You have an obligation to make a reasonable effort to inform her of the location of the property. If you have told her in various texts or emails that the property is still at the residence and that she should collect it, you have probably complied with that portion of the statute. After you have 'stored' the property for 30 days, you can sell it and use the proceeds from the sale toward any amount she owes you under your lease. I would recommend that you inform her that you intend to take this step before actually doing it. I recommend against holding her property hostage for the amounts she owes you.
Here is the statute you are subject to:
(2) (a) If the tenant has abandoned the premises and has left personal property on the premises, the owner is entitled to remove the property from the dwelling, store it for the tenant, and recover actual moving and storage costs from the tenant.
(b) (i) The owner shall make reasonable efforts to notify the tenant of the location of the personal property.
(ii) If the property has been in storage for over 30 days and the tenant has made no reasonable effort to recover it, the owner may:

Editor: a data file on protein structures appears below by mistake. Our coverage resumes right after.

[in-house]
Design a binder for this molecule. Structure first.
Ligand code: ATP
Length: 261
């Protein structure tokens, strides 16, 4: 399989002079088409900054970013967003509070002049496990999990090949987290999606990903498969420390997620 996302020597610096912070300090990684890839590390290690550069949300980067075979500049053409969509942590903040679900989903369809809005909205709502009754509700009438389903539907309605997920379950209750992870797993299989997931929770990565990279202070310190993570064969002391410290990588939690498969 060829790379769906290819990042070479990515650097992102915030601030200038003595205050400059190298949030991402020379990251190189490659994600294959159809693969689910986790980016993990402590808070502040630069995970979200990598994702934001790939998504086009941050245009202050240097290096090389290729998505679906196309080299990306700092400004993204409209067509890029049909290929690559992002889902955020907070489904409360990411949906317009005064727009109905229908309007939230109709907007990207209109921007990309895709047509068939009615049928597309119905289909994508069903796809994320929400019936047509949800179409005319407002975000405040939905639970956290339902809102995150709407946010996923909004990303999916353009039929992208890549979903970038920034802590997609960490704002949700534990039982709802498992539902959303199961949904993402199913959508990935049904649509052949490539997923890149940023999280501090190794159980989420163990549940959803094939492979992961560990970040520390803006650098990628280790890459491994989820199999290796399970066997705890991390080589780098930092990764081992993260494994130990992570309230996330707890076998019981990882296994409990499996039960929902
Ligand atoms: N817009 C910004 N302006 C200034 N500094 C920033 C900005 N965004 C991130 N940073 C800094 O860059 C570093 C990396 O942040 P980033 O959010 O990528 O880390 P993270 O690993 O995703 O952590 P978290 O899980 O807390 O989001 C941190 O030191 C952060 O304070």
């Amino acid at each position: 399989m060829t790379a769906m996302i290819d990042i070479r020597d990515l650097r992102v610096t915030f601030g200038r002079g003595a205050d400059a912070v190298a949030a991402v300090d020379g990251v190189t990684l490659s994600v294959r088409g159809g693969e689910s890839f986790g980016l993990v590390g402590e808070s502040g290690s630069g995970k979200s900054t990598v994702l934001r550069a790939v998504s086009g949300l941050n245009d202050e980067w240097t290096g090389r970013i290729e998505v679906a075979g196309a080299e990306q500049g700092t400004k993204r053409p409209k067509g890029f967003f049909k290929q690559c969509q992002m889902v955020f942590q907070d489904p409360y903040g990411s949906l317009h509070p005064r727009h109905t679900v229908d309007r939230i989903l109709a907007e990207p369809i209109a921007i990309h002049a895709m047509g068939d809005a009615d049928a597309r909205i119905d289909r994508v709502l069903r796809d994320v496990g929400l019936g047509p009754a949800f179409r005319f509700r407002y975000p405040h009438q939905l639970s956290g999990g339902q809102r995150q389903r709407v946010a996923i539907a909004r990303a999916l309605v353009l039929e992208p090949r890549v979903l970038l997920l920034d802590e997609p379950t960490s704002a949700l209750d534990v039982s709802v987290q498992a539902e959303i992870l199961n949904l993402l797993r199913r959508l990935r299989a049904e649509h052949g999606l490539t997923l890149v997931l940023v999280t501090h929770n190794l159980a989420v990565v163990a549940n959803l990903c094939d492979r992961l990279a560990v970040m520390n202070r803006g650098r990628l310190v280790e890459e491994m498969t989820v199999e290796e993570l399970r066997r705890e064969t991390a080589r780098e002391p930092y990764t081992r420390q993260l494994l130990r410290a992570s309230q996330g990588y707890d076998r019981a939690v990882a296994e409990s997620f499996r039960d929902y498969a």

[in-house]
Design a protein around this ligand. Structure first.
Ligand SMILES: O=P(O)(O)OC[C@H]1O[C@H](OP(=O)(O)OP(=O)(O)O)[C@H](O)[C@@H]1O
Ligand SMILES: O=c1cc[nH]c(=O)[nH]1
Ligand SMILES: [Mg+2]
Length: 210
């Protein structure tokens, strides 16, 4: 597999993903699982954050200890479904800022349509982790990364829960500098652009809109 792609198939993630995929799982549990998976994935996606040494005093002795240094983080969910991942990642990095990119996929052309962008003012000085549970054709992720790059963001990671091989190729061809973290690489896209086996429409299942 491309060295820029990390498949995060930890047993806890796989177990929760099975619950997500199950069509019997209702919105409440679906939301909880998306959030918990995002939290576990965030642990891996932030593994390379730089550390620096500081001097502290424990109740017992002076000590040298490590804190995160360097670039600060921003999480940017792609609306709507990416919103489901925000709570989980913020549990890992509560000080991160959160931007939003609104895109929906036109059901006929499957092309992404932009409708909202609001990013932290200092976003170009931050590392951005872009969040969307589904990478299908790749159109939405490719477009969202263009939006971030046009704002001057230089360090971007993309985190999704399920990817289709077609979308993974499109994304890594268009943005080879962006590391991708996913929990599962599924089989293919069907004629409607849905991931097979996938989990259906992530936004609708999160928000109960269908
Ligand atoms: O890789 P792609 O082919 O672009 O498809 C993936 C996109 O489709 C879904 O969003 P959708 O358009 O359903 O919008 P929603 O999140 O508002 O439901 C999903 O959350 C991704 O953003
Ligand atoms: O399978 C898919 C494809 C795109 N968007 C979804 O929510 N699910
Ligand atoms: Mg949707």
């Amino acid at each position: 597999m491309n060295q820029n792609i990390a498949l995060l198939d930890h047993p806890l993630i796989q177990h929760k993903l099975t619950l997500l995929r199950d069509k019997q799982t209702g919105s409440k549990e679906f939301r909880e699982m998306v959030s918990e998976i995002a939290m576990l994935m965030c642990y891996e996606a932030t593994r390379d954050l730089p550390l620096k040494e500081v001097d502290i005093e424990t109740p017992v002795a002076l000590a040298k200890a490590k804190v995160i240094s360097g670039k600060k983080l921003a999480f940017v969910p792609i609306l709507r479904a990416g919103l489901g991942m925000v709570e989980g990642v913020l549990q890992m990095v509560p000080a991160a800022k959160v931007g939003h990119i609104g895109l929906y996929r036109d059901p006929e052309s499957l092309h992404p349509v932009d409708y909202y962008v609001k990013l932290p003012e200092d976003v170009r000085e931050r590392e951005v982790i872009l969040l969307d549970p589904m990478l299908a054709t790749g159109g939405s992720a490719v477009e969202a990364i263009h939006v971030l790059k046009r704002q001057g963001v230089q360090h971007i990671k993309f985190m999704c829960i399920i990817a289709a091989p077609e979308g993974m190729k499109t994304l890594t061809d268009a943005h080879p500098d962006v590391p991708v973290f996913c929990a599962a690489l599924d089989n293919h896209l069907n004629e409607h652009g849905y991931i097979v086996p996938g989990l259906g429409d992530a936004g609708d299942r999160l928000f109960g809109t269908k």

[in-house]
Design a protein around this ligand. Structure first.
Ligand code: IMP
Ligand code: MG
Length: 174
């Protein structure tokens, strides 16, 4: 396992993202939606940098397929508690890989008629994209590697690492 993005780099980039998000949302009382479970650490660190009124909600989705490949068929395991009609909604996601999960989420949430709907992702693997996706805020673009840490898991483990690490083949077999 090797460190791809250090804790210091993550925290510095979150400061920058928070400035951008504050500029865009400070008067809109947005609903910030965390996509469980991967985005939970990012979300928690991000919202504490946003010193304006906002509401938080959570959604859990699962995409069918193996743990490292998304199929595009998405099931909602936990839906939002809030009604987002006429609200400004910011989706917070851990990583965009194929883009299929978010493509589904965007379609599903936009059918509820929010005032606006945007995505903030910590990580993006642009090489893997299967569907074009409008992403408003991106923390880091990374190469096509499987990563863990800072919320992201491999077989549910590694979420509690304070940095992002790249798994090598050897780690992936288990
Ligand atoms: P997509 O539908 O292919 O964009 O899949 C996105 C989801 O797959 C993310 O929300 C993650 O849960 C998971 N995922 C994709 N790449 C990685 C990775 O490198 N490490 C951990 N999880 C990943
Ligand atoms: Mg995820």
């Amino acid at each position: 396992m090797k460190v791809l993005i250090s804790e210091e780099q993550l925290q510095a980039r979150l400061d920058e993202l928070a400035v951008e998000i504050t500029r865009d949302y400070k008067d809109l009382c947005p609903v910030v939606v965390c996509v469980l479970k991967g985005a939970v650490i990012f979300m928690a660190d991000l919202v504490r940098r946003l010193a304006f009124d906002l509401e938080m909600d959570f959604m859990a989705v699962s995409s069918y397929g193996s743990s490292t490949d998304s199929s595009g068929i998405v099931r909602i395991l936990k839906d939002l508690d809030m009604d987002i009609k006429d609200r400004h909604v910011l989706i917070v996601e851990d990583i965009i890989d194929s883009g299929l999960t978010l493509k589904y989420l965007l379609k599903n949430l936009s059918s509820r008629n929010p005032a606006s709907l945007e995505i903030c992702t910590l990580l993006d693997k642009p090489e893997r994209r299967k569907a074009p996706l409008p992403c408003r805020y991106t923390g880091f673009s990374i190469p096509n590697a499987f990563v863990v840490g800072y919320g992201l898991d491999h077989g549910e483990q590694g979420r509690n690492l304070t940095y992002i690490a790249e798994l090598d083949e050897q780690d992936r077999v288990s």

(A) sell the property and apply the proceeds toward any amount the tenant owes; or
(B) donate the property to charity if the donation is a commercially reasonable alternative.
(c) Any money left over from the sale of the property shall be handled as specified in Title 67, Chapter 4a, Part 2, Standards for Determining When Property is Abandoned or Unclaimed.
(d) Nothing contained in this act shall be in derogation of or alter the owner's rights under Title 38, Chapter 3, Lessors' Liens.
Providing this answer does not form an attorney-client relationship. Most legal questions are exceedingly fact-sensitive and therefore this answer is a best-guess based on the information you provide. You should consult an attorney licensed in your state to further discuss your matter.